In a major Dunedin City Council asset sale yesterday, Citibus
was offloaded to an Invercargill-based company which already
operates buses in Dunedin.
The council announced a "conditional agreement" to sell the
assets and business of Citibus late yesterday, but few
details of the sale itself were revealed.
Invercargill Passenger Transport Ltd director Tony Baas
declined to comment last night when asked about the sale, and
Citibus and Dunedin City Holdings Ltd (DCHL) chairman Paul
Hudson would not give further details until staff had been
But the news appears good for employees of Citibus, which is
owned by the council through its holding company, DCHL.
Citibus driver and New Zealand Tramways Union Dunedin branch
president Bill Simpson said last night employees had been
told they would keep their jobs under the same terms and
"The guys can relax a little bit."
But Dunedin South Labour MP Clare Curran criticised the sale
yesterday, saying public transport was a public service, not
a profit-making venture, and she would believe the promises
given the drivers when she saw them.
The sale follows weeks of rumour and, more recently, concern
among Citibus employees about their future.
Late last month, the council had a non-public meeting to
discuss "Dunedin City Holdings Ltd matters", a meeting that
was later revealed to have been a discussion about the sale
On Friday, 65 drivers were given a letter saying the company
wanted to change the terms and conditions of their
Then yesterday afternoon, the council sent a press release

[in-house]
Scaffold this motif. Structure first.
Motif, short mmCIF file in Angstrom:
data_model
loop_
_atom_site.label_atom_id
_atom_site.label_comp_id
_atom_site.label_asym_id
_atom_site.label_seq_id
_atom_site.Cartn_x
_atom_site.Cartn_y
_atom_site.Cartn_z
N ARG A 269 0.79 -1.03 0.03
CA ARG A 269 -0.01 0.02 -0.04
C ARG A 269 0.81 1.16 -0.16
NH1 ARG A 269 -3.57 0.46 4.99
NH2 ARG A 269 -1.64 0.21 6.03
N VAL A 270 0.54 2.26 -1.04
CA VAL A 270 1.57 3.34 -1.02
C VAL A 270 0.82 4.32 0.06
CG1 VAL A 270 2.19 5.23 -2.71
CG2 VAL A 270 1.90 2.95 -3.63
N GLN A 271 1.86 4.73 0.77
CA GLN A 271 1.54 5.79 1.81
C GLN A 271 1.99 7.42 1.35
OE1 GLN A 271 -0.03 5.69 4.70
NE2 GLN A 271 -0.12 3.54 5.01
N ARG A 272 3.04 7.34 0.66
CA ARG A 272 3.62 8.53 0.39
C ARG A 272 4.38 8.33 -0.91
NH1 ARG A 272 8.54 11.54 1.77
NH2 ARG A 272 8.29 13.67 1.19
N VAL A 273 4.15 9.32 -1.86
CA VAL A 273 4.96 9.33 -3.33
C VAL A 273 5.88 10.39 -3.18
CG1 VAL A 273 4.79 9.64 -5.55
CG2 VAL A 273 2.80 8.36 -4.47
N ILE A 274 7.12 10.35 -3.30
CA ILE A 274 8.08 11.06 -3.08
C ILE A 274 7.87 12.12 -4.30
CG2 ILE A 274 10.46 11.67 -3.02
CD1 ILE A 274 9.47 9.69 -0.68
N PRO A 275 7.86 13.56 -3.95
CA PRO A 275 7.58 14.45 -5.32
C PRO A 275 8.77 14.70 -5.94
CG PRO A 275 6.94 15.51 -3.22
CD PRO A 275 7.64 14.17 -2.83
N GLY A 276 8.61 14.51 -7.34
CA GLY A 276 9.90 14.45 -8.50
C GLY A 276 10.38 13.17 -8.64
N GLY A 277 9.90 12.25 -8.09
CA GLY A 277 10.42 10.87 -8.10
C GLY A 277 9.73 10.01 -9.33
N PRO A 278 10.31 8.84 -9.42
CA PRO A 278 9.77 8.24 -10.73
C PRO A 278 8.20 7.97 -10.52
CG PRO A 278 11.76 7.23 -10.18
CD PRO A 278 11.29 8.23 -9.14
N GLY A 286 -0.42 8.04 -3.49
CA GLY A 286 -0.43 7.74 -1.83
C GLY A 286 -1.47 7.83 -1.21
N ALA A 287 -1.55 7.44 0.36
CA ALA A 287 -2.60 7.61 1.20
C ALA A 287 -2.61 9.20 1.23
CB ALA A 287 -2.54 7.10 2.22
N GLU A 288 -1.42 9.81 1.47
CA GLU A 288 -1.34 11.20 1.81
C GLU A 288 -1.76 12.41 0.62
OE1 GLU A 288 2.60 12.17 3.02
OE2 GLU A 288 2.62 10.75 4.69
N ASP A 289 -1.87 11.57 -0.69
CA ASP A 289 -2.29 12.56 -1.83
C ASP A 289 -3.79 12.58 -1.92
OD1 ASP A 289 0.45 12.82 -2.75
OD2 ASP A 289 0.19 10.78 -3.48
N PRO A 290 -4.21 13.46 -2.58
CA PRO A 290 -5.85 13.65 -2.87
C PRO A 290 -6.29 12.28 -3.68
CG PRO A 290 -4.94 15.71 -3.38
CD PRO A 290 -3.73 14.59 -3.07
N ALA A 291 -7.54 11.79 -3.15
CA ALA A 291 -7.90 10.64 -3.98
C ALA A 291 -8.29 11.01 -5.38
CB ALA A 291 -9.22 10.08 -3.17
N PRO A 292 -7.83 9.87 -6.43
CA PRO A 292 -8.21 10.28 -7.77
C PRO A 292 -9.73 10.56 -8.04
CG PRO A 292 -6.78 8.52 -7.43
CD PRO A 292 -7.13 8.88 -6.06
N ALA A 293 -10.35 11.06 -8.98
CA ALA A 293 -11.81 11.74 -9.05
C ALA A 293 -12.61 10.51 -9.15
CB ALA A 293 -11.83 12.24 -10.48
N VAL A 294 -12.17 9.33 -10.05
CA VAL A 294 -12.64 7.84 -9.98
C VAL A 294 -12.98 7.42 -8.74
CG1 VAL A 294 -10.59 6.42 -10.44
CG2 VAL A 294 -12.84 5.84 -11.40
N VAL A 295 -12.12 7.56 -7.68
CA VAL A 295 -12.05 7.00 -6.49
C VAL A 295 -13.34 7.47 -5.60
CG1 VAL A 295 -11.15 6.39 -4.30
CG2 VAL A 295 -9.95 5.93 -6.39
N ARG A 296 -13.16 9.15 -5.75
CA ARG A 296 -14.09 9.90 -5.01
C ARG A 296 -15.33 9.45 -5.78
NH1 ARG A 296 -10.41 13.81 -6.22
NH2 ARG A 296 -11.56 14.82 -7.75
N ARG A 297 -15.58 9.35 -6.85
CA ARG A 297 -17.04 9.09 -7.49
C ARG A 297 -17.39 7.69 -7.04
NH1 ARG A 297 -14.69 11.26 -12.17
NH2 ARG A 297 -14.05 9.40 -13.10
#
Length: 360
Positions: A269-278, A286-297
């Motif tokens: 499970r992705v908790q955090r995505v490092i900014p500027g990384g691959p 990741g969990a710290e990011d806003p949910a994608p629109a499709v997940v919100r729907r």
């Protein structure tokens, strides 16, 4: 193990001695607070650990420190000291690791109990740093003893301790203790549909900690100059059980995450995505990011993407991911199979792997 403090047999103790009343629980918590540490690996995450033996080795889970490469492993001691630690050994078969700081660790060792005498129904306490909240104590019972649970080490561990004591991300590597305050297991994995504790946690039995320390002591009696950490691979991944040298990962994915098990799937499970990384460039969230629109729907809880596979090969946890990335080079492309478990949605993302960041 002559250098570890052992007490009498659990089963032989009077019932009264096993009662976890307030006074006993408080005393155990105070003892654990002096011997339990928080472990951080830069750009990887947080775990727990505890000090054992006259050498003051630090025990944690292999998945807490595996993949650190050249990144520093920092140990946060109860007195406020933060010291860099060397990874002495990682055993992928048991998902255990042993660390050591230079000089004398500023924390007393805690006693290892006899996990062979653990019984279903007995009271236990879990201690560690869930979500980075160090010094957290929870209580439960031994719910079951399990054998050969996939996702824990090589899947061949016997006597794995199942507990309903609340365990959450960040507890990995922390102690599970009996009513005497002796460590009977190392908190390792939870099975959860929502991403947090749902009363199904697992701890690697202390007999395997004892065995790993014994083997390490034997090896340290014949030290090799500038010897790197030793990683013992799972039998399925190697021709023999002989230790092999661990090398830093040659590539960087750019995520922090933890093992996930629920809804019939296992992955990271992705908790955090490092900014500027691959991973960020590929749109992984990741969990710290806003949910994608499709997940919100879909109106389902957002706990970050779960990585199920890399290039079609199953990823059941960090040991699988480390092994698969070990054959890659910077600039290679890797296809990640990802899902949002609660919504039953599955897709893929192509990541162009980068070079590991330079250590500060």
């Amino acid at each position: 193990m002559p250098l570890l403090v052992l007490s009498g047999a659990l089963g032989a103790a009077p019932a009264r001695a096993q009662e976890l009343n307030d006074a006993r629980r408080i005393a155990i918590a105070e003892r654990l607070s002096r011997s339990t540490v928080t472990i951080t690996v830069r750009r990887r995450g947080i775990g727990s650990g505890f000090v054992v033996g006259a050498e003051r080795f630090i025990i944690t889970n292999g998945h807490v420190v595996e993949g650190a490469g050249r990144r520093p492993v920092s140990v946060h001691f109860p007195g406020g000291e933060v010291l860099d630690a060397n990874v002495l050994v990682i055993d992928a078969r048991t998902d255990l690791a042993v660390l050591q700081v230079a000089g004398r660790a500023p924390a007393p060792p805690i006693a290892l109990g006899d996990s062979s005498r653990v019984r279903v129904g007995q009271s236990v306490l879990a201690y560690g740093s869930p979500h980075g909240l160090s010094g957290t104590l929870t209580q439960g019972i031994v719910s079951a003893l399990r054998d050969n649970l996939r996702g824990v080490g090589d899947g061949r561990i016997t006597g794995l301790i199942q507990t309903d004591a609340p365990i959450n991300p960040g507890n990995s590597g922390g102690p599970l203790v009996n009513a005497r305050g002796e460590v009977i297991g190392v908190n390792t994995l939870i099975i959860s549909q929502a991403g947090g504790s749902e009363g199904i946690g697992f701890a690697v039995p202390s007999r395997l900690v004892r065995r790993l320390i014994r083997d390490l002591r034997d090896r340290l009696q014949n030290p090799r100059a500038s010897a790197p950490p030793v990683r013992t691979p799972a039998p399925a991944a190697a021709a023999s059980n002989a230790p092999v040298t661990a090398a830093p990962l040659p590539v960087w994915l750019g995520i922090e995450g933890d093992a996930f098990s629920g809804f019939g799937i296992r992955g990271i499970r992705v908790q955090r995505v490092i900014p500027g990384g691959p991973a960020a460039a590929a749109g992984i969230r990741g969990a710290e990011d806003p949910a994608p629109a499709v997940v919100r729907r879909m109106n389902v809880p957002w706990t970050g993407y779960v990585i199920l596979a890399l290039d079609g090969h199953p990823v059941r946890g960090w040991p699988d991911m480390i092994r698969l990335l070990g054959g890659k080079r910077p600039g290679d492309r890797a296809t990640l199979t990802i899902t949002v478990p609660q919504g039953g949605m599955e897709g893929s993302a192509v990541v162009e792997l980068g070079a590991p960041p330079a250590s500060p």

announcing the conditional agreement.
It said Invercargill Passenger Transport Ltd, which trades in
Dunedin as Dunedin Passenger Transport, was a
long-established bus transport operator in the South Island.
"Both parties have undertaken to do their best to satisfy the
conditions within the contract and work towards a seamless
transition that will have no impact on the regular users of
bus services in Dunedin."
It was anticipated settlement of the contract could occur
before June 30, offers of employment would be made to all
existing staff, and buses would operate current timetables on
existing routes as normal.
The press release said as a matter of overall strategic
direction, board members were of the view they could achieve
a greater return by withdrawing an investment from Citibus
and placing it within the other businesses of their group.
Dunedin Mayor Dave Cull said DCHL had raised the idea of
selling the company that was "haemorrhaging money", and the
council had voted to endorse that.
He would not release the price paid, as the deal was still
Cr Hudson said last night the companies were still in a
confidential negotiating situation.
Asked what would happen to the $4.05 million the company owed
the council at the end of last year, Cr Hudson said debt -
and interest - were "a normal part of running a company".
Citibus recorded before-tax losses of $806,000 in the past
Ms Curran said the only way a private company would be able
to make money would be to raise prices for customers or cut
"In this environment, anything that costs people jobs is a
Mr Cull responded last night people needed to differentiate
between the ownership of a bus operation and supervising a
public transport system.
The Otago Regional Council ran the public transport system,
not the city council.
Just because Citibus lost money did not mean there was a
benefit to the travelling public.
Other companies ran the same service with the same fares as